Wednesday, March 9, 2011

Tao te Ching: 81

True words are not beautiful;
Beautiful words are not true.
A good man does not argue;
He who argues is not a good man.
A wise man has no extensive knowledge;
He who has extensive knowledge is not a wise man.
The sage does not accumulate for himself.
The more he uses for others, the more he has for himself.
The more he gives to others, the more he possesses of his own.
The Way of Heaven is to benefit others and not to injure.
The Way of the sage is to act but not compete.

Tuesday, March 8, 2011

Tao te Ching: 80

Let there be a small country with few people.
Let there be ten times and a hundred times as many utensils
But let them not be used.
Let thepeople value their lives highly and not migrate far.
Even if there are ships and carriages, none will ride in them.
Even if there are armor and weapons, none will display them.
Let the people again knot cords and use them (in place of writing).
Let them relish their food, beautify their clothing, be content with their homes, and delight in their customs.
Though neighboring communities overlook one another and the crowing of cocks and barking of dogs can be heard,
Yet the people there my grow old and die without ever visiting each other.
I have seen this interpreted many ways. Some say it favors conservatism. Others say it favors simplicity. I think that it favors frugality and the virtue of the Tao.

There are many things but we do not feel compelled to use them all. There are places to go, but we are content with what we have and are not yearning for life experiences. There are new and better technologies, but we do not feel compelled to use them when our system already works.

Perhaps that is simplicity. I feel that it is simply not over extending ourselves. It avoids the reaching, or craving, that the Buddhists warn of in the Four Noble Truths. In fact, the entire passage reminds me strongly of it.

Suffering exists
Suffering arises from attachment to desires
Suffering ceases when attachment to desire ceases
Freedom from suffering is possible by practicing the Eightfold Path

Monday, March 7, 2011

Tao te Ching: 79

To patch up a great hatred is surely to leave some hatred behind.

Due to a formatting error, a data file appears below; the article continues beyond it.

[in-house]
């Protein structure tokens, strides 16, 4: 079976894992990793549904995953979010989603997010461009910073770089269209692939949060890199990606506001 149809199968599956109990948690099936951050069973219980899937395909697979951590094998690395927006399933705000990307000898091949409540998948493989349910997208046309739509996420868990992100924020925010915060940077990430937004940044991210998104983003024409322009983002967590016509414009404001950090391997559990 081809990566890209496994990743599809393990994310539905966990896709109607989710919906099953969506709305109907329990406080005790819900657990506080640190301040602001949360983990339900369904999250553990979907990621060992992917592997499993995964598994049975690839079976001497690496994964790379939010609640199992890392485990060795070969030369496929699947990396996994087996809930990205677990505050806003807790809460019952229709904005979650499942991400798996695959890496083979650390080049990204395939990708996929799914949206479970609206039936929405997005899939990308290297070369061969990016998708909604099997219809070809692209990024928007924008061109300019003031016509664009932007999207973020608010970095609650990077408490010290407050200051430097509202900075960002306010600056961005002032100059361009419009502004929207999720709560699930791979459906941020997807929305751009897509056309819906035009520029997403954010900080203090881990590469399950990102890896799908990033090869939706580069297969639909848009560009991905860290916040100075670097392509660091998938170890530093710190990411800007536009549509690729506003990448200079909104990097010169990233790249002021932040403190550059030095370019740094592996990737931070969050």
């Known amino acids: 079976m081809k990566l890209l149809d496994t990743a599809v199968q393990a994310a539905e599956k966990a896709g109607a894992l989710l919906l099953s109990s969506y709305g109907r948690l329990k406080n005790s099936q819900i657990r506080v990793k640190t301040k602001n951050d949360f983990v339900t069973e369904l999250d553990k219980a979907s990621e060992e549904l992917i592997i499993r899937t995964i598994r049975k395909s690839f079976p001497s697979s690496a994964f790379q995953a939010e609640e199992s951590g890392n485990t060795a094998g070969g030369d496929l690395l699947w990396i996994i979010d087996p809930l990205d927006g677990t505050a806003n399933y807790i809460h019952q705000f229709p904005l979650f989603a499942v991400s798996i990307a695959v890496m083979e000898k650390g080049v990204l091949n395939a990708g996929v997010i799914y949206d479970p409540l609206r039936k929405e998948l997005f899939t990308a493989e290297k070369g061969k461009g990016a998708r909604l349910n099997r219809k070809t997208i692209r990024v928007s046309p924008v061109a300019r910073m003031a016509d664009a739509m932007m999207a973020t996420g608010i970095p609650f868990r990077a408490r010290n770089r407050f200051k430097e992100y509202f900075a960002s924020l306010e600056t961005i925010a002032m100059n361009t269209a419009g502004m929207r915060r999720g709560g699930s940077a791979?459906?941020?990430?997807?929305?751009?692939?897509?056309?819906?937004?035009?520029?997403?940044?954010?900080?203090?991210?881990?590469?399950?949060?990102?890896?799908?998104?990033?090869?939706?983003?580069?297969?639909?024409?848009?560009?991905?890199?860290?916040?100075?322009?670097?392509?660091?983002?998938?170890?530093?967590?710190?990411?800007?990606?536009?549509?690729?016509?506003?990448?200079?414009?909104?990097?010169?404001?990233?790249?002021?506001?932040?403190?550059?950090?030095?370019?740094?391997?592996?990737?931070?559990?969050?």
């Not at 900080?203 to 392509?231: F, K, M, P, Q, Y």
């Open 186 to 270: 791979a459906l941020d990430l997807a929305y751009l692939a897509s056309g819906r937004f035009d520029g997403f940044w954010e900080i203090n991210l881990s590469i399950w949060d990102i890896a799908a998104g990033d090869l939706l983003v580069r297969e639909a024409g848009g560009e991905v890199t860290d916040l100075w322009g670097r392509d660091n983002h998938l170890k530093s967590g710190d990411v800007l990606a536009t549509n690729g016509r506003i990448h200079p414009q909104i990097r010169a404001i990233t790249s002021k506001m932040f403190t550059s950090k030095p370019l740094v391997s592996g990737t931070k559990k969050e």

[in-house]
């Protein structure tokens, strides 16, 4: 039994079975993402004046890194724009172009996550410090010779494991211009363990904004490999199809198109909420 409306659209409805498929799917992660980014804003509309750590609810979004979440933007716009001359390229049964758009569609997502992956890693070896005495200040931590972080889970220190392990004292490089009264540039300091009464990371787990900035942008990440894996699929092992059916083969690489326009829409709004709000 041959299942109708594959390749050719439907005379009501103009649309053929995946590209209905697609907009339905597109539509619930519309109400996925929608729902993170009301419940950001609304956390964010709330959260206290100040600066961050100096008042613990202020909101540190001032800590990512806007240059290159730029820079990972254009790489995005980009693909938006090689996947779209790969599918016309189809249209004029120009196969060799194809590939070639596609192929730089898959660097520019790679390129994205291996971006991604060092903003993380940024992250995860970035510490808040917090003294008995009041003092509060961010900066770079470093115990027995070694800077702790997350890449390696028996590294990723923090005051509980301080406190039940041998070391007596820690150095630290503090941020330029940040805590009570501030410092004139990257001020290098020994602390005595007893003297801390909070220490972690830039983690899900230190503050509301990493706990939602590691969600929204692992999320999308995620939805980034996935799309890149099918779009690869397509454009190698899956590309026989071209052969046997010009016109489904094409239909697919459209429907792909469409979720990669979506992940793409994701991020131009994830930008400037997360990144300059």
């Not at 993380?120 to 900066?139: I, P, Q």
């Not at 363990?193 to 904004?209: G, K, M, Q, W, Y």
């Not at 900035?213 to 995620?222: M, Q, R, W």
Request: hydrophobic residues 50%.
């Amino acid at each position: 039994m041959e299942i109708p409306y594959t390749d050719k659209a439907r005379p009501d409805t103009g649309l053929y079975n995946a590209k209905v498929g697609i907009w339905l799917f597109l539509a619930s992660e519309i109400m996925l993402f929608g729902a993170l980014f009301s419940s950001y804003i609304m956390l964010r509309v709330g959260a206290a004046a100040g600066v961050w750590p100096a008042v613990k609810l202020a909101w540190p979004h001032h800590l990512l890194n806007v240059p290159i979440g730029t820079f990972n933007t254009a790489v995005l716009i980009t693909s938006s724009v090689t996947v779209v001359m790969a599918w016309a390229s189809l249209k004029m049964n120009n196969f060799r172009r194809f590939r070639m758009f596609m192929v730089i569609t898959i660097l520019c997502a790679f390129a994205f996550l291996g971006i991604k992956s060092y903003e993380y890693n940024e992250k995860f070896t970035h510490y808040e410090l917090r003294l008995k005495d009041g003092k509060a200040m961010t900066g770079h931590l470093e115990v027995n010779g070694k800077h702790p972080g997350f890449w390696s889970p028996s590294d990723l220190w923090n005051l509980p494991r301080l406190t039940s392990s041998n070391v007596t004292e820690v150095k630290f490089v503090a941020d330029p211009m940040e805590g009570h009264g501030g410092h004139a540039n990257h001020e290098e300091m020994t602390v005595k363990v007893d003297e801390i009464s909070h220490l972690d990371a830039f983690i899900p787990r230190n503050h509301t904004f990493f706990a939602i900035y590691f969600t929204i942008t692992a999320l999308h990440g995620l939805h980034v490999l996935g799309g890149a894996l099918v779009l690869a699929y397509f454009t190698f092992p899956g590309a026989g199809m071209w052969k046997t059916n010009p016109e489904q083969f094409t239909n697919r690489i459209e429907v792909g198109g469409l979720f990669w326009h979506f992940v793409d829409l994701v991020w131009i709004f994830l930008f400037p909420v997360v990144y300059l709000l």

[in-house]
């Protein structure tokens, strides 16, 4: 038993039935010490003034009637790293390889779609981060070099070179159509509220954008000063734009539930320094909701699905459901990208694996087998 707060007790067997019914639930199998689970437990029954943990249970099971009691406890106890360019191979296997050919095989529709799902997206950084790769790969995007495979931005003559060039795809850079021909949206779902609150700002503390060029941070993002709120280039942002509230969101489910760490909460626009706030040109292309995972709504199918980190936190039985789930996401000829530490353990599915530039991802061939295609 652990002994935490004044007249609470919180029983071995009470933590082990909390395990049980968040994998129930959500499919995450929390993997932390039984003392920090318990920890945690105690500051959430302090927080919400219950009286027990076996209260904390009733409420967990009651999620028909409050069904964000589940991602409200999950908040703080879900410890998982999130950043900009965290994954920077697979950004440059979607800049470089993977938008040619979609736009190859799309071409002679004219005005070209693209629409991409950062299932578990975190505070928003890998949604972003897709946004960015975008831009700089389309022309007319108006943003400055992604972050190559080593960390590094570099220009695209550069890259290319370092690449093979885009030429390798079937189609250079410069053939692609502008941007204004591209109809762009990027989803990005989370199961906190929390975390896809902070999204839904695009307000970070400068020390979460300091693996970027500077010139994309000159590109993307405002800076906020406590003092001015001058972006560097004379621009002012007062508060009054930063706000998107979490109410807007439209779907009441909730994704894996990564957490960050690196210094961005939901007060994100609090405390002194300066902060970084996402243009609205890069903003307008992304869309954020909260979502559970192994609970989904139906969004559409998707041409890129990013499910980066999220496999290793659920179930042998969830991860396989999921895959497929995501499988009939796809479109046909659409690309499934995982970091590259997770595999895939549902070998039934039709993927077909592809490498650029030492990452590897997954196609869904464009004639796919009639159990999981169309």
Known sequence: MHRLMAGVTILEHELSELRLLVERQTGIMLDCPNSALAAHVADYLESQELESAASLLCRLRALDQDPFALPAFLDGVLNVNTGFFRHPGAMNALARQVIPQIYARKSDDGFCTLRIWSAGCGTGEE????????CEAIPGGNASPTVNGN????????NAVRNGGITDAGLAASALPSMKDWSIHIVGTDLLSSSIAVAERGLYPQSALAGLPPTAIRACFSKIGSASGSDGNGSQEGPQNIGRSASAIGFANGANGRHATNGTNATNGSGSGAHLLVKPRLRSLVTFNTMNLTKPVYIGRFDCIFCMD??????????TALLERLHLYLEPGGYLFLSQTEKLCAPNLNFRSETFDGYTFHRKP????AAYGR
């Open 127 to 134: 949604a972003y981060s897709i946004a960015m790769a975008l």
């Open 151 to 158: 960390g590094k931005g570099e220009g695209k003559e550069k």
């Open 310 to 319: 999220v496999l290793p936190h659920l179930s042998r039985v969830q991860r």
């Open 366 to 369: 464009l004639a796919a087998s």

How can this be regarded as good?
Therefore the sage keeps the left-hand portion (obligation) of a contract
And does not blame the other party.
Virtuous people attend to their left-hand portions,
While those without virtue attend to other people's mistakes.
"The Way of Heaven has no favorites.
It is always with the good man."
Even if you atone for a mistake, there is something left. There is no such thing as to forgive and forget, barring something that induces amnesia. I suppose one could forgive and have brain trauma, but barring that, we forgive and remember. How much better is it to simply mind our obligations and our own business rather than to cause such a rift?

The Tao isn't a popularity contest. Be a good person and you will be on that path. If you are on that path, then everything is with you and nothing can compete.

Sunday, March 6, 2011

Tao te Ching: 78

There is nothing softer and weaker than water,
And yet there is nothing better for attacking hard and strong things.
For this reason there is no substitute for it.
All the world knows that the weak overcomes the strong and the soft overcomes the hard.
But none can practice it.
Therefore the sage says:
He who suffers disgrace for his country
Is called the lord of the land.
He who takes upon himself the country's misfortunes
Becomes the king of the empire.
Straight words seem to be their opposite.
 Does all the world know the the weak overcomes the strong and the soft overcomes the hard? Well, perhaps they're acquainted with the physical process by which water erodes and wears away the largest of mountains. Perhaps they're aware of how freezing water can cleave a rock apart. But are they familiar with it in the philosophical sense?

Consider the Sermon on the Mount:
You have heard that it was said, An eye for an eye, and a tooth for a tooth.' But I tell you, do not resist an evil person. If someone strikes you on the right cheek, turn to him the other also. And if someone wants to sue you and take your tunic, let him have your cloak as well. If someone forces you to go one mile, go with him two miles. Give to the one who asks you, and do not turn away from the one who wants to borrow from you.
—Matthew 5:38-42, NIV
But I tell you who hear me: Love your enemies, do good to those who hate you, bless those who curse you, pray for those who mistreat you. If someone strikes you on one cheek, turn to him the other also. If someone takes your cloak, do not stop him from taking your tunic. Give to everyone who asks you, and if anyone takes what belongs to you, do not demand it back. Do to others as you would have them do to you.
—Luke 6:27-31. NIV
 It seems that the Christians ought to be familiar with the principle of how the weak overcomes the hard. What greater sacrifice is there but to take the sins of others and die for them? Was Jesus a Taoist? Of course not. But this principle is known to them.